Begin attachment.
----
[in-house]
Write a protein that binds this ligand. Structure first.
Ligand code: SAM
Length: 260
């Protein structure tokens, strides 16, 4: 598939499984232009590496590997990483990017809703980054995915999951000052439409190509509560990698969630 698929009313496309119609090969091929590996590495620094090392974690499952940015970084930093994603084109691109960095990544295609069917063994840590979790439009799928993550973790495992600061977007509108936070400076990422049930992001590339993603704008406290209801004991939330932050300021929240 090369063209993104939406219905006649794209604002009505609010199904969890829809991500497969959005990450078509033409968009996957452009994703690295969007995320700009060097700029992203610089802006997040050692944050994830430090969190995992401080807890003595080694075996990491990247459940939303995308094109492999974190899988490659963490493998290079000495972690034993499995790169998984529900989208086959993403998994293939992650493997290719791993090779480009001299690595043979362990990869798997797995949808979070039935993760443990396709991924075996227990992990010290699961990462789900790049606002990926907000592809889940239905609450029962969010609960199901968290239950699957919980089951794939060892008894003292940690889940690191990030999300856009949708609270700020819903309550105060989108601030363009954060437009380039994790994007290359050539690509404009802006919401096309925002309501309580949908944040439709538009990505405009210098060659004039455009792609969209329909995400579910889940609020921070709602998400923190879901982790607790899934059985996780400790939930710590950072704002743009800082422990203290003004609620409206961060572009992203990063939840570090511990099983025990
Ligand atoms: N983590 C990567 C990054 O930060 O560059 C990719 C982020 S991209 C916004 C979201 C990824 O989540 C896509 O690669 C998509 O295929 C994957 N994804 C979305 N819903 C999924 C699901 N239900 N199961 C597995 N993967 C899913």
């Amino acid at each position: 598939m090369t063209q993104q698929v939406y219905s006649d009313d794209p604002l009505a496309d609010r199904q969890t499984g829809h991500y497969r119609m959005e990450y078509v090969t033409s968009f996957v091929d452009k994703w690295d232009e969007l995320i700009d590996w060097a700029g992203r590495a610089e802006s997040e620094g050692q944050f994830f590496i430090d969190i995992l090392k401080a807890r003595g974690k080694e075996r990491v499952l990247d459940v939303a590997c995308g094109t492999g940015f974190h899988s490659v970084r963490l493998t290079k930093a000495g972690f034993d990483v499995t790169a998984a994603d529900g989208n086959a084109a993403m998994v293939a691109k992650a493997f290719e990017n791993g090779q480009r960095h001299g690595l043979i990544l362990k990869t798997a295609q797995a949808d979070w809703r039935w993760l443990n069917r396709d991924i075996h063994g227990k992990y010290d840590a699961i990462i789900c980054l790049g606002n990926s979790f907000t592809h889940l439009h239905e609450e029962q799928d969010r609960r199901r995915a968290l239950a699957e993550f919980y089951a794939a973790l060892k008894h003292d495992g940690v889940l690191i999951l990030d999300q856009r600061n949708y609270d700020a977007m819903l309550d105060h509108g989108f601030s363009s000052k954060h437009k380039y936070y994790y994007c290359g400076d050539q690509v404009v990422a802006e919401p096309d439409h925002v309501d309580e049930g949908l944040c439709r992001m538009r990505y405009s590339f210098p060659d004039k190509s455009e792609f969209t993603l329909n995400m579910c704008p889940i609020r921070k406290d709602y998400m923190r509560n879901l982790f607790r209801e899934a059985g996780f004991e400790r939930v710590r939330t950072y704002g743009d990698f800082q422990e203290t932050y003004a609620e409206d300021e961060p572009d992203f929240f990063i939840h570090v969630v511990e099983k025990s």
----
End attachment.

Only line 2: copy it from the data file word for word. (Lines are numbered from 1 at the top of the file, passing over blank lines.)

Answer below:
Write a protein that binds this ligand. Structure first.